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EXPLAINED: Who are the people taking German citizenship?

Aaron Burnett
Aaron Burnett - [email protected]
EXPLAINED: Who are the people taking German citizenship?

The number of people immigrating to Germany and taking German citizenship has been steadily increasing for years. But who exactly is opting for naturalisation, and how many of them are there?


The next few years could see a flood of applications for German citizenship if the government’s current reform plans go through as expected in 2023. Many long-time German residents are preparing their applications for the moment dual citizenship is allowed and residency requirements are also reduced from eight years to five (or in some cases even three). 

But while some are waiting, many have already taken the leap. 

According to official government statistics, 131,595 people became German in 2021. That’s a level not seen for almost 20 years – when record numbers of people were naturalising as German in the 1990s and early 2000s.

READ ALSO: Who are Germany’s foreign population and where do they live?


The German record for Einbürgerung – or naturalisation as a German citizen – was set in 1995 when over 313,000 people took up German passports. From 2010 to 2018 though, naturalisation numbers stayed roughly the same, with around 110,000 or so taking up German citizenship every year.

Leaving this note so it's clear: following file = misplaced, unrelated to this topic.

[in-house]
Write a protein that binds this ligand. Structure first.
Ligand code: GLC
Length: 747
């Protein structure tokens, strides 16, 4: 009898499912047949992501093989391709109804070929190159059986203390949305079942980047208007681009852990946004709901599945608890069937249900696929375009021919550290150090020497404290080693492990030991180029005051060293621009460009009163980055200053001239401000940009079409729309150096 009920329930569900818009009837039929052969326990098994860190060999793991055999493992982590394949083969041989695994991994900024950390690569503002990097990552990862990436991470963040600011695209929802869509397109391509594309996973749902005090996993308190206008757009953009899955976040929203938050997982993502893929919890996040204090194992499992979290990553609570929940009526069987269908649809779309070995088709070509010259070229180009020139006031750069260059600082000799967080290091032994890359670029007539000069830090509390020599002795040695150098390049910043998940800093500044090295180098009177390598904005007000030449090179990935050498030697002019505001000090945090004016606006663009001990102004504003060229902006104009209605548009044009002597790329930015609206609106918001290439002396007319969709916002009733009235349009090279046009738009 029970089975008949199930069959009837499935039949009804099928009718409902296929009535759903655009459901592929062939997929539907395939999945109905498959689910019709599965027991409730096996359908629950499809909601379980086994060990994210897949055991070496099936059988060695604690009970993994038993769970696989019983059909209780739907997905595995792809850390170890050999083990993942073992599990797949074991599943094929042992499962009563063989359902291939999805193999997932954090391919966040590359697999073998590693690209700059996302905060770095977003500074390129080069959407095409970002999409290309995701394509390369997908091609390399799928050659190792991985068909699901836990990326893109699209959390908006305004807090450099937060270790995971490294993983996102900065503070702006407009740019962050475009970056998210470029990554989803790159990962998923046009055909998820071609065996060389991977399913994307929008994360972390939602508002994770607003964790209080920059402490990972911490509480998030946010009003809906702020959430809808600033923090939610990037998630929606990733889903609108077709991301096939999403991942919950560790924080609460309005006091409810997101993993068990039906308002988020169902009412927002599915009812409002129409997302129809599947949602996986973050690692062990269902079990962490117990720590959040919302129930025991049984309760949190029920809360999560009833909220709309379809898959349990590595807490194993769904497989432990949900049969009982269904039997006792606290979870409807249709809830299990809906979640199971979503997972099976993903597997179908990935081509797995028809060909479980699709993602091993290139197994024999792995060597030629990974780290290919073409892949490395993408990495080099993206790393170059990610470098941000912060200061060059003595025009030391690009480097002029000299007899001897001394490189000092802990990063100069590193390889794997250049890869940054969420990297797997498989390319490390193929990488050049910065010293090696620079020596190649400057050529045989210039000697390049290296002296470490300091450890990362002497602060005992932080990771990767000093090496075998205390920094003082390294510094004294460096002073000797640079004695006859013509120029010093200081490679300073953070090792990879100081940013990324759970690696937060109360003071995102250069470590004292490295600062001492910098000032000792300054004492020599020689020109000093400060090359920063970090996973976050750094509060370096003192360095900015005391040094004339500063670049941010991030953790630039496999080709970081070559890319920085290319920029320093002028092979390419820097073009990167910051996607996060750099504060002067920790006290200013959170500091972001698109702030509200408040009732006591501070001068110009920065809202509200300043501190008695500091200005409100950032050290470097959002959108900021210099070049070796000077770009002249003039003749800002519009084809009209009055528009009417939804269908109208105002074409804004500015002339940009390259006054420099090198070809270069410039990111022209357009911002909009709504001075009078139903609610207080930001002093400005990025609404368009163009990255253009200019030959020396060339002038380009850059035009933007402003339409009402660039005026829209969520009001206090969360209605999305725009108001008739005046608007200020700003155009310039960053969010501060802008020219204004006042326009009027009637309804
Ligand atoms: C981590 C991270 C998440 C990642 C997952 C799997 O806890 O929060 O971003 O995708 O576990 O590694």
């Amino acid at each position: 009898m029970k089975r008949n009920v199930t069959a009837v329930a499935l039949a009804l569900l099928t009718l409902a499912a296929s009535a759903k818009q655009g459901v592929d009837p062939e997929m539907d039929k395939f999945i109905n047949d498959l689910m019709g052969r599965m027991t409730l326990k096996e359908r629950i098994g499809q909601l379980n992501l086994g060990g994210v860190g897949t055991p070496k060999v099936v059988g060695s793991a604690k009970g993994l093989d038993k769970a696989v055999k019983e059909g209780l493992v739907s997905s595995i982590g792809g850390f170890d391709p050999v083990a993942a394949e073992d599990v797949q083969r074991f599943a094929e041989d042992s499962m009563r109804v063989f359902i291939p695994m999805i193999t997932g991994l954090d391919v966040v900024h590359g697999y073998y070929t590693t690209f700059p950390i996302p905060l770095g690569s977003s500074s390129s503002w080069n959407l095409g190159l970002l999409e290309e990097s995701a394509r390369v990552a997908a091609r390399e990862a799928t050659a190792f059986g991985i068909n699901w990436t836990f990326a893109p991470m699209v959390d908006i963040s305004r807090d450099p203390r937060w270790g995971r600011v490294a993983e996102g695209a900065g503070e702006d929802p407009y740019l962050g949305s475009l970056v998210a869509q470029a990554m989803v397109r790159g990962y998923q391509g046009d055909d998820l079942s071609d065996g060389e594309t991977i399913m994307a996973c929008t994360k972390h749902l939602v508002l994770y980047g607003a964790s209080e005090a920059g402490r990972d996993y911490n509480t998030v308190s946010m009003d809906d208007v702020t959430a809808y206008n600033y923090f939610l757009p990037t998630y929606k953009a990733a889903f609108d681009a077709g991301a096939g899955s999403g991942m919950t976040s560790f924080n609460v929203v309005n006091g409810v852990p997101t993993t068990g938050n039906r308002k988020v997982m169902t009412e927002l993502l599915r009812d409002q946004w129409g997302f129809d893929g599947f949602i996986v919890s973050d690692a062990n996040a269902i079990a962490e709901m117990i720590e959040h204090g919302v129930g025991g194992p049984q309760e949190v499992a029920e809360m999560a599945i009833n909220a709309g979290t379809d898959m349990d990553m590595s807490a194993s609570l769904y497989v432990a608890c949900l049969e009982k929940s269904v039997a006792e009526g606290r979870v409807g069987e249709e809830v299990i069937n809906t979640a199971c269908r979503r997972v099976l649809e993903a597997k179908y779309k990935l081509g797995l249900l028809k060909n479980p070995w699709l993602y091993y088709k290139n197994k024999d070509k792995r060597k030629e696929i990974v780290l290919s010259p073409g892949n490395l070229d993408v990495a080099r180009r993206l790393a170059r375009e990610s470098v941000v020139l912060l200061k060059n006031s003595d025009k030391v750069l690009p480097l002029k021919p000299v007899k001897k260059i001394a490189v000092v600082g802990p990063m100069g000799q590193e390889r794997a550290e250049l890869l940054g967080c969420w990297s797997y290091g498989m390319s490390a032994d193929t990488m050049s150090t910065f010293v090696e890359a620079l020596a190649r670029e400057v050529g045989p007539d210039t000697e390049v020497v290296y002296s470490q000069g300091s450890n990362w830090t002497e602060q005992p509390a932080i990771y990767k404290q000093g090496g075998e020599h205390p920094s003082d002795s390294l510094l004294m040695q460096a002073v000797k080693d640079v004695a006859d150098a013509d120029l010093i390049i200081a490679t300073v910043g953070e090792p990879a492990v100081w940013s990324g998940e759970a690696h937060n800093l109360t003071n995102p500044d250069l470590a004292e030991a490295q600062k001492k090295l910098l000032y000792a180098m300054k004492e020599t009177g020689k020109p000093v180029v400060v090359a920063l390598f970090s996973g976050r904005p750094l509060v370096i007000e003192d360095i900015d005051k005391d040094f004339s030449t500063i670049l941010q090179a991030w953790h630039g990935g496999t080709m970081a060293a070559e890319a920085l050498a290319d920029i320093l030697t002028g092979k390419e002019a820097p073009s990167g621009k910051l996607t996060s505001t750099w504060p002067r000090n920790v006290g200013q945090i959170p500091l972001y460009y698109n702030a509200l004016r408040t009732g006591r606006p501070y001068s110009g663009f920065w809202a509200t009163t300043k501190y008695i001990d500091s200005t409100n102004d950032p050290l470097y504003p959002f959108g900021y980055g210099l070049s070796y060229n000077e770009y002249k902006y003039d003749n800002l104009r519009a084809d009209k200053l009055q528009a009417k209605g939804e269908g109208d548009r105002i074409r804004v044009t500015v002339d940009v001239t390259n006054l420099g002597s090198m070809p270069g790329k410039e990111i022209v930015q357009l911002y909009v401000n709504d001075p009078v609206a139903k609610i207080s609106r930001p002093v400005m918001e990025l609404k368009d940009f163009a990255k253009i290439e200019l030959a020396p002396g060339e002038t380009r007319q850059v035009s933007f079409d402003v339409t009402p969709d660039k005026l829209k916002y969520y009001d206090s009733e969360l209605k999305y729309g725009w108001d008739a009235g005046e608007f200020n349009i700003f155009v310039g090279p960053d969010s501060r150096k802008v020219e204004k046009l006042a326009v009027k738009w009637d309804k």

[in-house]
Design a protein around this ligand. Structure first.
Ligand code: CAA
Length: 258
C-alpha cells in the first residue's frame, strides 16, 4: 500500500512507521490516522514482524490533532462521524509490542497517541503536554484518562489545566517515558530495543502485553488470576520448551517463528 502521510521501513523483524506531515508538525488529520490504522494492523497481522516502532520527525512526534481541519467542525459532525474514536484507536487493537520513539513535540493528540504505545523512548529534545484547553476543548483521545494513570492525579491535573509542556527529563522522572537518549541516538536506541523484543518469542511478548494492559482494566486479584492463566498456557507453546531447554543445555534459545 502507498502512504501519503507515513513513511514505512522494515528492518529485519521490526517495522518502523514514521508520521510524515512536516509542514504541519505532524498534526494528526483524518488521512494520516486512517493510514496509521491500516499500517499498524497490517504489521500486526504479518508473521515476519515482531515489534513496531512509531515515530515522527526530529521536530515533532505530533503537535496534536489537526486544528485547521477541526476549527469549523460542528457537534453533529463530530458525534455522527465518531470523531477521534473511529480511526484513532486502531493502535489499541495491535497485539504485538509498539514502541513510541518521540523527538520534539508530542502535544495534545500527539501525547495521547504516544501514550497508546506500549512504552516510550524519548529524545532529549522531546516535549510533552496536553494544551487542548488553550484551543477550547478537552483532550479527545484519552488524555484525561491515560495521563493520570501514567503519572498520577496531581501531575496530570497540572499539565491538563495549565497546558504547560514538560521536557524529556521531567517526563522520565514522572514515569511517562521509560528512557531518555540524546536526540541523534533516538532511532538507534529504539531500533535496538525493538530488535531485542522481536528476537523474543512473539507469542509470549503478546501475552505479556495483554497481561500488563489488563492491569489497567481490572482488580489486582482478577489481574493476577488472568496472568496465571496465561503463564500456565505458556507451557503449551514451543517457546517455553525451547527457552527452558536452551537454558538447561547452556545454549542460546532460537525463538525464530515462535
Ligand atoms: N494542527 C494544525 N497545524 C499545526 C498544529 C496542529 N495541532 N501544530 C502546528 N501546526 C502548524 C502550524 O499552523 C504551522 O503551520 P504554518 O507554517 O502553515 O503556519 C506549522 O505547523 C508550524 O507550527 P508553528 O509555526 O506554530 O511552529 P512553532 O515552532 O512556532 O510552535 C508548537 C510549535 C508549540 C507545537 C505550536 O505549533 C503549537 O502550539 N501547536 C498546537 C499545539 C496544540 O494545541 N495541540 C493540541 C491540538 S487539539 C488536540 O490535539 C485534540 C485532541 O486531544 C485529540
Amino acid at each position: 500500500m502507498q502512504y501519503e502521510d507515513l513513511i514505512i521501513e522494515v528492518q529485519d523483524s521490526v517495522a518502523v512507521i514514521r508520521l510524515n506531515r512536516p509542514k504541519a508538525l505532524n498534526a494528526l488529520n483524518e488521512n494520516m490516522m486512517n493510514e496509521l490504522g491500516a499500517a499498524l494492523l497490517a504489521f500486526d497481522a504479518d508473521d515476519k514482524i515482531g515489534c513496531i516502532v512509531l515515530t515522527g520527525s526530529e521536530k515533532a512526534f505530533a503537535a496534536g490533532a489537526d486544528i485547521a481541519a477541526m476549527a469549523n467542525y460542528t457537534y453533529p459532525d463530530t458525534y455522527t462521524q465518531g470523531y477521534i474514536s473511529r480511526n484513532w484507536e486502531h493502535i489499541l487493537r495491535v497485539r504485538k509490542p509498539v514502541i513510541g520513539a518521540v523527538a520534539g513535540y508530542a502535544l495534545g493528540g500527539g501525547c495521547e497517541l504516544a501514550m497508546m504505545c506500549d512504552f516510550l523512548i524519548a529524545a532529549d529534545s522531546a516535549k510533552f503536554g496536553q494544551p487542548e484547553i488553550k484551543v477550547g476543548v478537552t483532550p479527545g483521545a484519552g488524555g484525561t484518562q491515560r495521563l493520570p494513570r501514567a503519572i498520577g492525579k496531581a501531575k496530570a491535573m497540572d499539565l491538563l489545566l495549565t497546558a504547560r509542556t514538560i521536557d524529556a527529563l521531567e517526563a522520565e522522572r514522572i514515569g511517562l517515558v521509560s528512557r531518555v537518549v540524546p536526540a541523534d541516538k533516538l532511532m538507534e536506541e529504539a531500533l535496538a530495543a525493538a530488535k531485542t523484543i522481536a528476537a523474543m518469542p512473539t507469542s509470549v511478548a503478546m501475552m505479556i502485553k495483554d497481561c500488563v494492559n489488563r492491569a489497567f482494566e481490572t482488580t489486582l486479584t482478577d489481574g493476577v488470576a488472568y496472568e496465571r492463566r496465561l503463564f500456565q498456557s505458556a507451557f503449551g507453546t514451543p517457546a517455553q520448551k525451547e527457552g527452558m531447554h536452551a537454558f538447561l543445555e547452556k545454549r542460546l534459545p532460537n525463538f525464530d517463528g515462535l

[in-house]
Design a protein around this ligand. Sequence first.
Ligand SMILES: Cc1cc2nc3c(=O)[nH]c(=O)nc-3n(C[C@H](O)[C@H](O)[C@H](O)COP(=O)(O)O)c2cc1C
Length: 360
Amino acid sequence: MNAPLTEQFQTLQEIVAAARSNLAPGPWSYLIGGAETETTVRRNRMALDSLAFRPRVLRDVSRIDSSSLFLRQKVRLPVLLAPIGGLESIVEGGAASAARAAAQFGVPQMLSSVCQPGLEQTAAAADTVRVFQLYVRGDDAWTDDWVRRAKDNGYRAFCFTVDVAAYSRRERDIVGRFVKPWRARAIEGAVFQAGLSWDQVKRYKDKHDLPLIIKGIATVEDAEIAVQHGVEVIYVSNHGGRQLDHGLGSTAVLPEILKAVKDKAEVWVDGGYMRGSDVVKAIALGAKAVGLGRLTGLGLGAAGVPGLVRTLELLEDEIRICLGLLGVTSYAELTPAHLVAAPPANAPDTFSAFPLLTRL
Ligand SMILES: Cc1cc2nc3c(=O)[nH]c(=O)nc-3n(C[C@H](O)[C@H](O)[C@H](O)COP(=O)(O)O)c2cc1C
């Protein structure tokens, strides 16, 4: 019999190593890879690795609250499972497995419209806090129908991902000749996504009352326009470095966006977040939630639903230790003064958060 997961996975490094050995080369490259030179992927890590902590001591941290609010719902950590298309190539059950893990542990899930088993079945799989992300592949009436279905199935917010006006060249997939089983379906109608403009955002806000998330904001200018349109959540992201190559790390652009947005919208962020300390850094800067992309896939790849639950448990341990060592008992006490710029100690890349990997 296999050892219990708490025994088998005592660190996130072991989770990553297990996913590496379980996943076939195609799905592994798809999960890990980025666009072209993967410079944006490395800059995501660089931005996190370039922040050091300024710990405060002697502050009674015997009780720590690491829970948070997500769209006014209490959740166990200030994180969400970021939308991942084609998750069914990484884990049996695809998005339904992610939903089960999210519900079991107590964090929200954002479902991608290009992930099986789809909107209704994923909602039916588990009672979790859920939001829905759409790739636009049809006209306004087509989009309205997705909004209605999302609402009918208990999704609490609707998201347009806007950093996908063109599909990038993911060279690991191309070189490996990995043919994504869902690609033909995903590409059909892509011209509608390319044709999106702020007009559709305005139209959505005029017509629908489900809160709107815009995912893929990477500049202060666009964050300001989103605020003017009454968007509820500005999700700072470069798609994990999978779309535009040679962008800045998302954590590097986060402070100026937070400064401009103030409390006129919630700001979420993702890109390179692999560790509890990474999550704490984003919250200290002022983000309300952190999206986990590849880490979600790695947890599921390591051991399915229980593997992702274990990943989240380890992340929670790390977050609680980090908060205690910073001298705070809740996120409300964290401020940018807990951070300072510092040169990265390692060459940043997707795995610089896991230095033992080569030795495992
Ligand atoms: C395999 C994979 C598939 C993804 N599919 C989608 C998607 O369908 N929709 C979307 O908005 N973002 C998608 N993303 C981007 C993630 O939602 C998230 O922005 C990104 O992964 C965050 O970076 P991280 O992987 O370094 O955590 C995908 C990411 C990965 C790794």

But in the last three years, the numbers have trended upward again.


Naturalisations in Germany by year since 1981. Image: Destatis

READ ALSO: HISTORY: What’s behind the push to reform dual citizenship laws in Germany?

So where are the new Germans of recent years coming from?

Syrians took first place in 2021 as the original nationality most often naturalising as German, with just over 19,000 of them getting their first German passport last year. That’s followed by just over 12,000 people from Turkey, and nearly 7,000 Romanians. At around 5,000 apiece, Poles and Italians rounded out the top five.


Brits, after naturalising in record numbers over the last few years, came sixth. Many raced to become German before the transition period set out in the withdrawal agreement ended, as non-EU nationals are required by default to renounce their previous nationality to become German. Due to the UK leaving the European Economic Area (EEA) at the end of 2020, 2021 was the first year Brits applying to become German had to give up their UK passport. Nevertheless, 4,500 still naturalised as German in 2021.

READ ALSO: Brexit: How thousands of Brits in Germany will be in limbo after doors close on dual nationality

Graph containing the top 12 nationalities most often naturalising as German in 2021. The United Kingdom (Vereinigtes Königreich) is in 6th place, with Greece (Griechenland) in 10th. Image courtesy of Statista

Becoming German in 2021 was also fairly gender-balanced, with only slightly more men naturalising than women. Around two-thirds of people who became German in 2021 were between 25 and 45 years-old, with numbers dropping significantly after age 45.